Whitley Circuit Judge Paul Winchester has scheduled a fall trial date for two Williamsburg men, who are accused of assaulting and robbing a University of the Cumberlands’ student late last year.
During a pre-trial conference Tuesday morning, Winchester scheduled a Sept. 28 trial date for both Devon Preyer, 21, and Davonta Rozier, 23, on charges of second-degree assault and first-degree robbery.
According to their indictments, Rozier and Preyer allegedly individually and/or in complicity with another beat victim Zane Parker causing him serious physical injury, and used physical force on Parker while in the course of committing a theft.
Both Rozier and the victim were students at Cumberlands at the time of the assault. Preyer is a former student, who was permanently barred from campus after being dismissed from the school in the fall of 2014.
University of the Cumberlands spokesperson Leslie Ryser confirmed in January that Rozier is no longer a student at the university.
Preyer allegedly told police that Parker, the victim, allegedly threw a punch at him so he fought back punching and kicking Parker, which caused serious physical injury to the victim’s head and face, according to his arrest citation.
Preyer also allegedly stole the victim’s computer after the assault and told him, “I will blow your brains out,” Lt. Jim Pool wrote on the arrest citation.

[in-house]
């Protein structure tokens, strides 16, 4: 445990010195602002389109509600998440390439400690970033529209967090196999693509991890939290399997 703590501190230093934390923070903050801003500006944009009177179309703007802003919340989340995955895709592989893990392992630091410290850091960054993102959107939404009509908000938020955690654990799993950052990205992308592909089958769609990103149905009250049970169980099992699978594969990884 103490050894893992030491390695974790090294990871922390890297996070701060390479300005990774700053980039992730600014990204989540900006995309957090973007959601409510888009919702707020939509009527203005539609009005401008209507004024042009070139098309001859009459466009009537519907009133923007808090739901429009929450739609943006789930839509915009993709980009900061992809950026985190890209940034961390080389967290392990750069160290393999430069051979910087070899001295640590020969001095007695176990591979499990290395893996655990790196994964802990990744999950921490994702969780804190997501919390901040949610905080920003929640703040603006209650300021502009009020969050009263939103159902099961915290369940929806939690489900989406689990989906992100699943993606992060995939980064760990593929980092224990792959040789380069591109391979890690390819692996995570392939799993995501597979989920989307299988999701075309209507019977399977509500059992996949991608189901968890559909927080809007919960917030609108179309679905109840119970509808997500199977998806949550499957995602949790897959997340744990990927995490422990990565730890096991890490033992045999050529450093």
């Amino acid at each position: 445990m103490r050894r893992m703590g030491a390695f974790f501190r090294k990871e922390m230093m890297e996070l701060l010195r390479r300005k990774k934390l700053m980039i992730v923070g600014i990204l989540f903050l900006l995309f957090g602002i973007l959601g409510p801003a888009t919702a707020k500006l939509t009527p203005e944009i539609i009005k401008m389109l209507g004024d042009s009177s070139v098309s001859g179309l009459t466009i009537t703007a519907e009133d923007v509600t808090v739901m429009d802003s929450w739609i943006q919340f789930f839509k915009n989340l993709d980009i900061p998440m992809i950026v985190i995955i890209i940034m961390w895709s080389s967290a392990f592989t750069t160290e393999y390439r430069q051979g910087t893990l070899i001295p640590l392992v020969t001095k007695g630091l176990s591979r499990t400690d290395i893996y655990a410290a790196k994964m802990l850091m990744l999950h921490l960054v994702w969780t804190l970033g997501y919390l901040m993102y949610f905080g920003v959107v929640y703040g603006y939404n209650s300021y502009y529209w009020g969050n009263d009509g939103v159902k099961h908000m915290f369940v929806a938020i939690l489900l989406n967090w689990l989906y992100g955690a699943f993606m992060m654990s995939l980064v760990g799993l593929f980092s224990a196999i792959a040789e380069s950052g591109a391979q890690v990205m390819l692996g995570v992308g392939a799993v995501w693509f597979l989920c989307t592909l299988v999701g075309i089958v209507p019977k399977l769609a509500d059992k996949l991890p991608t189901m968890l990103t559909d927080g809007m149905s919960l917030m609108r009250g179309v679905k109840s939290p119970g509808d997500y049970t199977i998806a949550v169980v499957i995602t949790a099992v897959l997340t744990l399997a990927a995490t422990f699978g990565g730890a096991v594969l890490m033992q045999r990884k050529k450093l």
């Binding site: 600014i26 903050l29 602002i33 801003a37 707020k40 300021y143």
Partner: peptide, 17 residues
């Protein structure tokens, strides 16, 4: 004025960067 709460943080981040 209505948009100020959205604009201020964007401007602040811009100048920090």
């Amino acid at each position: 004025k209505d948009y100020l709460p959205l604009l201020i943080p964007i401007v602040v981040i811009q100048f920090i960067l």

Williamsburg Police Chief Wayne Bird said that it isn’t clear what lead up to the assault, but that apparently the victim had some property stolen and confronted the suspects about a month prior to the assault believing that they stole it.
Bird said that Preyer allegedly kicked and punched the victim several times according to witnesses and the victim, but that Rozier only threw a couple of punches.
During Tuesday’s hearing, Winchester agreed to amend Preyer’s bond so that he no longer has to wear an ankle-monitoring device.
Williamsburg attorney Jim Wren II, who is representing both Preyer and Rozier, asked Winchester to amend Rozier’s bond to a third-party surety bond.
Rozier, who has family in Georgia, has been incarcerated since his arrest because he had no one in Georgia who could sign a third-party surety bond promising to make sure he would appear back in court in Kentucky.
Wren said that Rozier has a former coach, who lives locally and has tentatively agreed to sign a surety bond promising to make sure Rozier would keep all his court appearances and who would allow Rozier to live with him while the case is pending.
However, the coach wasn’t in court Tuesday morning and both Winchester and Commonwealth Attorney Allen Trimble said that they wanted the coach to appear in court in order to make sure he knew what he was agreeing to do.
Winchester noted that he didn’t want the coach to think that he had ordered him to let Rozier live with him and told Wren to have the coach come to court Wednesday morning, if he was still willing to sign Rozier’s bond and allow him to live with him while his case is pending.
Both Rozier and Preyer have pleaded not guilty to the charges.
Wren said that both of his clients insist they are absolutely not guilty and expect to be vindicated.